Virginia's first residents lived about 16,000 years ago, long before the Chesapeake Bay existed. Most likely, they were hunter-gatherers who crafted tools and weapons to hunt the local bison, deer, elk and smaller mammals. Although colder than it is today, the area of Virginia was mild enough to provide a variety of edible plants.
Fast-forward 8,000 years to a warmer climate, one that sustained larger populations on plentiful nuts, plants and berries, as well as game and fish. Domesticated crops, such as amaranth and sunflowers appeared about 2,500 B.C. And by 900 A.D. people were living in large villages, growing crops that included corn and tobacco.
By the time Europeans first arrived, about 50,000 native people lived there, some 20,000 of them were Algonquin speakers who lived under the dominion of Wahunsenacawh, more commonly known as Powhatan. Iroquois and Siouan-speaking tribes and Cherokee also lived in the territory that would become Virginia.
In 1606, the Virginia Company of London sent three ships toward the Chesapeake Bay. The ships sailed to the bay and up a river they named the "James" for their king. Unlike many of the northern colonies, the British arrived in Virginia seeking not religious freedom, but wealth and the expansion of the protestant British realm. They landed on May 13, 1607 and called their new settlement Jamestown. Relations between the English colonists and the natives under Powhatan were tense from the beginning. And the early years were brutal for the settlers, particularly the winter of 1609-1610, when more than 80 percent of the settlers died. Meanwhile, smallpox, measles and other diseases the settlers had brought with them were weakening the Powhatans.
Although the marriage of Powhatan's daughter Pocohantas to a colonist promised to smooth relations between the groups, her early death at 22—in England—was followed by three Anglo-Powhatan wars. The natives did not fare well in subsequent years. Powhatan's empire was destroyed, and other tribes also lost their land to the settlers. By 1800, native culture in Virginia had all but vanished.
The native crop of tobacco, though, quickly rose to dominance in the colony, particularly a variety imported from the West Indies. Slavery came to Virginia not long after the settlers arrived in Jamestown, and by 1661, it was codified into law. With the rise of tobacco and slavery came the evolution of a gentry class among wealthier land-owning Virginians, the so-called Cavalier families. And the prosperity and still-abundant land in the colony attracted new settlers of German and Scots-Irish descent, who settled the Shenandoah Valley.
One of the 13 colonies to declare its independence from Britain, Virginia produced a lion's share of leaders in the newly formed nation, including four of the first five U.S. Presidents: George Washington, Thomas Jefferson, James Madison and James Monroe. And George Mason's Virginia Declaration of Rights of June 1776 formed the basis of the U.S. Bill of Rights.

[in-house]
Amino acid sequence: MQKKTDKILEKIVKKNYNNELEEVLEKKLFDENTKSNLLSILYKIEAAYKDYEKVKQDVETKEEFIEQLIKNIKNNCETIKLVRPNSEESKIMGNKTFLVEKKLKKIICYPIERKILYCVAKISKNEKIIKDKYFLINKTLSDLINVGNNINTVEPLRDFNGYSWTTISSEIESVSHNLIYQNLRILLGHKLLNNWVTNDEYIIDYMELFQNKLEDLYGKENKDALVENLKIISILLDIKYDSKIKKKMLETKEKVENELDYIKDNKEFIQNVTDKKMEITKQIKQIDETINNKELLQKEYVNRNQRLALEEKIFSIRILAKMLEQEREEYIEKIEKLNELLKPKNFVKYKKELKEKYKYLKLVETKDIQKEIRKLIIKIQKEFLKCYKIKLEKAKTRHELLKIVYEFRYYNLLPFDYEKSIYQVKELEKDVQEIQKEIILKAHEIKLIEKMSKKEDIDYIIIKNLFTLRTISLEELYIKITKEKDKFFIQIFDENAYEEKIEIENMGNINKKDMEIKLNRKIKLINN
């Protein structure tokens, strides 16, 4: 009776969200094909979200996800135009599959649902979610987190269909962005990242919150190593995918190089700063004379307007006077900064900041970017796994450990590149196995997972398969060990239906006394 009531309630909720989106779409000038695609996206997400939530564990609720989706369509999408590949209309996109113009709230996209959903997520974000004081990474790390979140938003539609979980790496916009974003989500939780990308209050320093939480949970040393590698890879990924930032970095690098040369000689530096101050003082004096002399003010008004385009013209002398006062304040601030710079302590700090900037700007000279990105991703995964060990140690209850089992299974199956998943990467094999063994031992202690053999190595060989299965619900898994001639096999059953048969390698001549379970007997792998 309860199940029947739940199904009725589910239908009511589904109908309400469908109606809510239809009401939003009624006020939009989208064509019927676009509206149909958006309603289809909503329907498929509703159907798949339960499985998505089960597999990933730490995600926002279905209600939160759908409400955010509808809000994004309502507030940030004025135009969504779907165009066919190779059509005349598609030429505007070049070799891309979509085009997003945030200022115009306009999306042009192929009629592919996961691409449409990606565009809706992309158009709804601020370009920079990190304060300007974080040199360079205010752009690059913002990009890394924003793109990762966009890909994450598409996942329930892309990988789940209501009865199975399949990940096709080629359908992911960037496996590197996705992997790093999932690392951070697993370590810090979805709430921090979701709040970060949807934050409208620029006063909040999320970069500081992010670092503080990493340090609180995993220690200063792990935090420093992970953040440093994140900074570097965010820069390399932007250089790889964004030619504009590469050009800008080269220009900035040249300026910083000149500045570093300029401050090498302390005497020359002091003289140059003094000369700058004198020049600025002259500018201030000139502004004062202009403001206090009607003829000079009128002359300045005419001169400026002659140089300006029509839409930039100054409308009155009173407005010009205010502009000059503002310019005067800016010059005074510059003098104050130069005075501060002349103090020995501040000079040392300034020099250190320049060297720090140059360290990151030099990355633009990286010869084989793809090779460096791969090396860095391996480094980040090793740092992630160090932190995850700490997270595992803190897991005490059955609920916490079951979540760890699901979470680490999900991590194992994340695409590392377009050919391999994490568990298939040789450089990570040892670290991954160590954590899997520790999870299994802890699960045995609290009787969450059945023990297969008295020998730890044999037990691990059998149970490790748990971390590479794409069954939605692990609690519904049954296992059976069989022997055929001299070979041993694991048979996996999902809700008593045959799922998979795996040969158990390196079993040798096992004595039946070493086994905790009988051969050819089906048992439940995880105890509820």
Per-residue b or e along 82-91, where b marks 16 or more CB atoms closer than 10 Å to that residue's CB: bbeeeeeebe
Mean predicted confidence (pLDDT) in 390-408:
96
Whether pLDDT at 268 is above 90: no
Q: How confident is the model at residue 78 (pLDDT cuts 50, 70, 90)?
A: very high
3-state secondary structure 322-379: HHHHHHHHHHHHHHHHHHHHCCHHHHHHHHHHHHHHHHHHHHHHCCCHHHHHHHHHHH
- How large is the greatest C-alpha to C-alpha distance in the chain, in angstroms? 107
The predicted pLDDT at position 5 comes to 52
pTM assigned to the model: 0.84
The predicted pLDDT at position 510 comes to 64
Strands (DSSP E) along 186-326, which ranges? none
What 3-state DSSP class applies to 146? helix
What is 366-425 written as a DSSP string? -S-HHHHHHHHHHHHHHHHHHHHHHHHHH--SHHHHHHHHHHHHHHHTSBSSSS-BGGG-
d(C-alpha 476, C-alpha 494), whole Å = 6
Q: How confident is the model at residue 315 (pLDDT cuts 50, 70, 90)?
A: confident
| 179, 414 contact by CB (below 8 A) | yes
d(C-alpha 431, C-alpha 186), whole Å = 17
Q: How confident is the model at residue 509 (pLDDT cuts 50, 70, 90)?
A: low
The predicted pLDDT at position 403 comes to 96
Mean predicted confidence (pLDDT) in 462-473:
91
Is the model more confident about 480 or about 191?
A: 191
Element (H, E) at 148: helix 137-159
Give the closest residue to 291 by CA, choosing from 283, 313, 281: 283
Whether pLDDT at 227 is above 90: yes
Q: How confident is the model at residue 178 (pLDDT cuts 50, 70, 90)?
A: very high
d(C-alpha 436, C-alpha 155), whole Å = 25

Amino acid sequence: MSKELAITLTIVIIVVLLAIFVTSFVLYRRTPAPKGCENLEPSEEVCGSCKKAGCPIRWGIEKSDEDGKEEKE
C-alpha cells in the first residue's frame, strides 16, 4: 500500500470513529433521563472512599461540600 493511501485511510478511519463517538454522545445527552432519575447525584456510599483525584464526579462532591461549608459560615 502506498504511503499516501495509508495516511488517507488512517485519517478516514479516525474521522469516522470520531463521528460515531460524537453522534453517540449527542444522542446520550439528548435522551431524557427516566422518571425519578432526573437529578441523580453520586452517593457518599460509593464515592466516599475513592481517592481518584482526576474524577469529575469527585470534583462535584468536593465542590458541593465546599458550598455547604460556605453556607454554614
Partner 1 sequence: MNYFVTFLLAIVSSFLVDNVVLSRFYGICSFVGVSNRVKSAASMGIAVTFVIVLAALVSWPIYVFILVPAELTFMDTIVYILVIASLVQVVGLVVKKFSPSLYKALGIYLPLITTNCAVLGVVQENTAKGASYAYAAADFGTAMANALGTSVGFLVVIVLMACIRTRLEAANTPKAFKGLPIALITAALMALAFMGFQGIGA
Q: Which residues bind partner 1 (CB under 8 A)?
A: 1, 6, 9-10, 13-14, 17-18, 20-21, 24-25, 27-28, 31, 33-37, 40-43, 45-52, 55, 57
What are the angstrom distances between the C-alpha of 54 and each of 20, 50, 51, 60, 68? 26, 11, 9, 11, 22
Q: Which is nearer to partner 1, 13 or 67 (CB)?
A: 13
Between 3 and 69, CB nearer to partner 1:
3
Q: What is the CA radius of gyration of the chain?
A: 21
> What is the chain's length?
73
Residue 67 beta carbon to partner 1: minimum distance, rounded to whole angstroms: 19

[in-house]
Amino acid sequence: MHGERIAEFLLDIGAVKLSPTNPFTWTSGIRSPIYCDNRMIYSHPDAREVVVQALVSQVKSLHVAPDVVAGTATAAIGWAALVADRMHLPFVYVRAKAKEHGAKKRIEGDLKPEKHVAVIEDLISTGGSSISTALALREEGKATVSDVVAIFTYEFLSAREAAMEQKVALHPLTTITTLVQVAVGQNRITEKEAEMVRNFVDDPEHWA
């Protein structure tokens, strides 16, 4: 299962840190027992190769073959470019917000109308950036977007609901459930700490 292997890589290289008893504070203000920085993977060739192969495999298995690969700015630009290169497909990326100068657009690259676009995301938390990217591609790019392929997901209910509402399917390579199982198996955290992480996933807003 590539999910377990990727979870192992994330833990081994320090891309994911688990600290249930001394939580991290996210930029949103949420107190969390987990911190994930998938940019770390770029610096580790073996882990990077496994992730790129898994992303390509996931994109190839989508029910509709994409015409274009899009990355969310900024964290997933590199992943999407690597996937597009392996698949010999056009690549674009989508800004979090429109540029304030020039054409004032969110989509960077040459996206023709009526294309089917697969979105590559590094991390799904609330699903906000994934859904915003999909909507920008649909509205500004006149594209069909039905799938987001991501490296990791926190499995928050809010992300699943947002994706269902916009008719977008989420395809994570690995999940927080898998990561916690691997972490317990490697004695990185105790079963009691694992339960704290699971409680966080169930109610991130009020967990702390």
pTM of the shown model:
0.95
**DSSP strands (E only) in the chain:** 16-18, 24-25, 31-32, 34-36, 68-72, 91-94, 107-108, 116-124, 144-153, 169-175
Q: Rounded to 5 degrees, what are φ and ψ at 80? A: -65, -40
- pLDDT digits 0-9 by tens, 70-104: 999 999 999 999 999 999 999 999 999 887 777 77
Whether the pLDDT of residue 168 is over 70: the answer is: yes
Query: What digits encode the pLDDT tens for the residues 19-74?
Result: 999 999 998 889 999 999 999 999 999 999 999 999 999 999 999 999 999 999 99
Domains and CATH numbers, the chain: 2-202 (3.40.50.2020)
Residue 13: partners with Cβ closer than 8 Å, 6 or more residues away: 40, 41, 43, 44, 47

Between the Revolution and the Civil War, Cotton emerged as a primary cash crop for the state, and slavery continued unabated.
In 1857, the U.S. Supreme Court issued a ruling that essentially upheld the constitutionality of slavery in a case involving a Virginia slave who claimed freedom when his owner traveled with him to a free state. The slave's name was Dred Scott.
Two years later, abolitionist John Brown seized an armory in Harper's Ferry to arm a slave rebellion. Although Brown's plan failed, many northern sympathies were with him. On April 12, 1861, the first shots of the Civil War echoed over Fort Sumter, South Carolina, A few days later, Virginia voted to secede from the Union, and the Confederate capital relocated from Montgomery, Alabama to Richmond. As a result of the move and because of Virginia's position as the northernmost confederate state, much of the war was fought on Virginia land. Tens of thousands of slaves escaped bondage during the war, many of them ending up working for the Union army or Federal government.
On April 9, 1865, General Robert E. Lee surrendered to Ulysses S. Grant in Appomattox, Va. Between 20,000 and 30,000 Virginia soldiers had died in the conflict, and more than half a million people on both sides died or were captured within Virginia's borders. Today, battlefields, markers and other reminders of the war salt every corner of the state.
Following the Civil War, Virginia maintained laws of segregation and discrimination until the civil rights movement of the 1960s, even as it modernized economically. Tobacco soared as a key cash crop and remains an important part of the state's economy. The post World War II years, however, generated an altogether new economic player: government contractors. From the Potomac River to Richmond, firms that contract with the federal government, especially the military and defense sectors, as well as computer technology companies dominate the regional economy and have gained increasing influence in state politics.